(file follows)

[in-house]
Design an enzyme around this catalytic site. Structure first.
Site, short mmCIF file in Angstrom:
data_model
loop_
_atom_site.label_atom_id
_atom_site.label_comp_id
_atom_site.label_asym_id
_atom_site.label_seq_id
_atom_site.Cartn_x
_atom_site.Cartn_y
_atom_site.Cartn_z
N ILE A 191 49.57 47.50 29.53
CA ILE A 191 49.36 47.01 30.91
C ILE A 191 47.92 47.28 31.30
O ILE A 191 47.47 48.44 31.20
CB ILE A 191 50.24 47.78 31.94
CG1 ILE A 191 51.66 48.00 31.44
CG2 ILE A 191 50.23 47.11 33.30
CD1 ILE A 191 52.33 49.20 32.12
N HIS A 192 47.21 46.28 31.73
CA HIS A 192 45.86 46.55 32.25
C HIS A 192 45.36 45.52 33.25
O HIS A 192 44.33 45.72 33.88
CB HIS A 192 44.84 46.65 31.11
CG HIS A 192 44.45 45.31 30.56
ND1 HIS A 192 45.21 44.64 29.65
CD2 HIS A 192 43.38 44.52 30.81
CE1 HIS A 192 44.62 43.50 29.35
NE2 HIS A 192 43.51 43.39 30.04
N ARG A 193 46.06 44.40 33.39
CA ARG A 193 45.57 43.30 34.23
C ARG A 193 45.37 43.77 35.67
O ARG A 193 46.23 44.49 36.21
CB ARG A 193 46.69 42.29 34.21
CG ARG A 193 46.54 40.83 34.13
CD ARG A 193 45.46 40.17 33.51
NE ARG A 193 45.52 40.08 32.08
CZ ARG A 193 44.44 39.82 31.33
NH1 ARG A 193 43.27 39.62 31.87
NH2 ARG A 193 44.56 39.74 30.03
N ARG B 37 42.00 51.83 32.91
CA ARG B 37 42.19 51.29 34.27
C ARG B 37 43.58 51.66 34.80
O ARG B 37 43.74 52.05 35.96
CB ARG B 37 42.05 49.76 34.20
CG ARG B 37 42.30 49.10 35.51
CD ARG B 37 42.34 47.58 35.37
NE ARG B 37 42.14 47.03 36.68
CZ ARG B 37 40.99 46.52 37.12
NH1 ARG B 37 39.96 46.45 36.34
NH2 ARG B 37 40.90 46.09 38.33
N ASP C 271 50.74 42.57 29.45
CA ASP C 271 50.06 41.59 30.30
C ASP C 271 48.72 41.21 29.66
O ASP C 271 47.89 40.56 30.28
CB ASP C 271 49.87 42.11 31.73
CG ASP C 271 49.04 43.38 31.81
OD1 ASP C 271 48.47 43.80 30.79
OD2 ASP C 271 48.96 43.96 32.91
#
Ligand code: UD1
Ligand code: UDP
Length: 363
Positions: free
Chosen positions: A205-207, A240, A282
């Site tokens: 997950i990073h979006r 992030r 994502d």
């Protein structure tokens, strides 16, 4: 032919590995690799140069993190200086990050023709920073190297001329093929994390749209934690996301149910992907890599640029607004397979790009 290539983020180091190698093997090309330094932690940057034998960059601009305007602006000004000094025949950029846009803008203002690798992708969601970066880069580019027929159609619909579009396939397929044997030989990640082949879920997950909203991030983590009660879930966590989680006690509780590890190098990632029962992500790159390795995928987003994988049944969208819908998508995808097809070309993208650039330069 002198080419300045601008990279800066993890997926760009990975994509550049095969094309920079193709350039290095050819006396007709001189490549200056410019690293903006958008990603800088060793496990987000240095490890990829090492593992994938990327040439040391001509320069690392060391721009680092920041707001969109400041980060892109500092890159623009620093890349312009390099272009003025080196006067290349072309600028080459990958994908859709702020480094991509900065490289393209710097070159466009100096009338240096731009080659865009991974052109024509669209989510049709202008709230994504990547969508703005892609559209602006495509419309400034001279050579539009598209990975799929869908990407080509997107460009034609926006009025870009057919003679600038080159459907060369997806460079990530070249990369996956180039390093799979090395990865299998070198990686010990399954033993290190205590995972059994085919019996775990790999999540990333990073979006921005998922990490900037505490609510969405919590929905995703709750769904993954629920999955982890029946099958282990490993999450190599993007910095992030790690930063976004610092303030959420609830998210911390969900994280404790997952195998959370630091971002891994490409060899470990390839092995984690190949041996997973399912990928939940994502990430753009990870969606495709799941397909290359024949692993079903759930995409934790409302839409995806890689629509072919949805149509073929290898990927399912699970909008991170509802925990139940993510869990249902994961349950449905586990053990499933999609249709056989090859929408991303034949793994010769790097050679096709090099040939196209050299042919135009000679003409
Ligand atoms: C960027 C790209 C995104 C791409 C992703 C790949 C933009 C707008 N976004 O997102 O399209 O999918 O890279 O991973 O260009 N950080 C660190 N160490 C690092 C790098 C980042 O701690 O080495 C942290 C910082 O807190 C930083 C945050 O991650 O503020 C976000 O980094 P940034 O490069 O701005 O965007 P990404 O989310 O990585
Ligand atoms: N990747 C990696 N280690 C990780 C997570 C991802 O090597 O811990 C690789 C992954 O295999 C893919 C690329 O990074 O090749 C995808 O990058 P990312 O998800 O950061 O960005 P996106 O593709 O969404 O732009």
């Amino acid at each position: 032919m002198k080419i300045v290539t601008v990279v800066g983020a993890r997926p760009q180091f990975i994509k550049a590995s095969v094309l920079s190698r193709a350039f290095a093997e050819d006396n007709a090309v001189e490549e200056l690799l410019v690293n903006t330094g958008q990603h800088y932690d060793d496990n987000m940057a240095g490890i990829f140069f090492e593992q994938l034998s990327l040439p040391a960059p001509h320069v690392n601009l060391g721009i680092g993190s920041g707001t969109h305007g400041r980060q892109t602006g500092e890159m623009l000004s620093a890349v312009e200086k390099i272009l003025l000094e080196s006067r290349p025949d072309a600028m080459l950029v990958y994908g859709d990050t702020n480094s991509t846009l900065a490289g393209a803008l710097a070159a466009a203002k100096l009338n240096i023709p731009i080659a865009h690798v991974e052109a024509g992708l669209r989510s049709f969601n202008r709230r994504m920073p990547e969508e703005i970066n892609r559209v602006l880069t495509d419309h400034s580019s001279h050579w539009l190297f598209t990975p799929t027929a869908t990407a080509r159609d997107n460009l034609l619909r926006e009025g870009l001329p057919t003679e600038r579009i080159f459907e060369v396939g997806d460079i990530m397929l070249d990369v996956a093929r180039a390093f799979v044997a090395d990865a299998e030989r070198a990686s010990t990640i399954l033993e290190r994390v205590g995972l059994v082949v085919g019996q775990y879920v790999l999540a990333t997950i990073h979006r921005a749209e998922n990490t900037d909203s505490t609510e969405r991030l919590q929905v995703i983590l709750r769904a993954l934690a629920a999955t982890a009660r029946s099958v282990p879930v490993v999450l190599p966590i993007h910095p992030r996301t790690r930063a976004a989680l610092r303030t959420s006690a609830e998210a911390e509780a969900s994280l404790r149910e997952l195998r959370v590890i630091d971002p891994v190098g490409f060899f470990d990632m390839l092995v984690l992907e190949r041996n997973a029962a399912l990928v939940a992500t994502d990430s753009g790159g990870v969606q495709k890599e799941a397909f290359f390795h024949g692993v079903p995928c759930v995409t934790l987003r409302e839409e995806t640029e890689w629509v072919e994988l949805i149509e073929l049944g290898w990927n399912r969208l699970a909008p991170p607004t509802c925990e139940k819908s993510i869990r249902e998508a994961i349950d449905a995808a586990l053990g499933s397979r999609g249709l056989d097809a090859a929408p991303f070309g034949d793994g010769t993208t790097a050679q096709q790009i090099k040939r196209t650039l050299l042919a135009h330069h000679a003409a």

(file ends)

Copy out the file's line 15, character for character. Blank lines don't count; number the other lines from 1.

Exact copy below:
C ILE A 191 47.92 47.28 31.30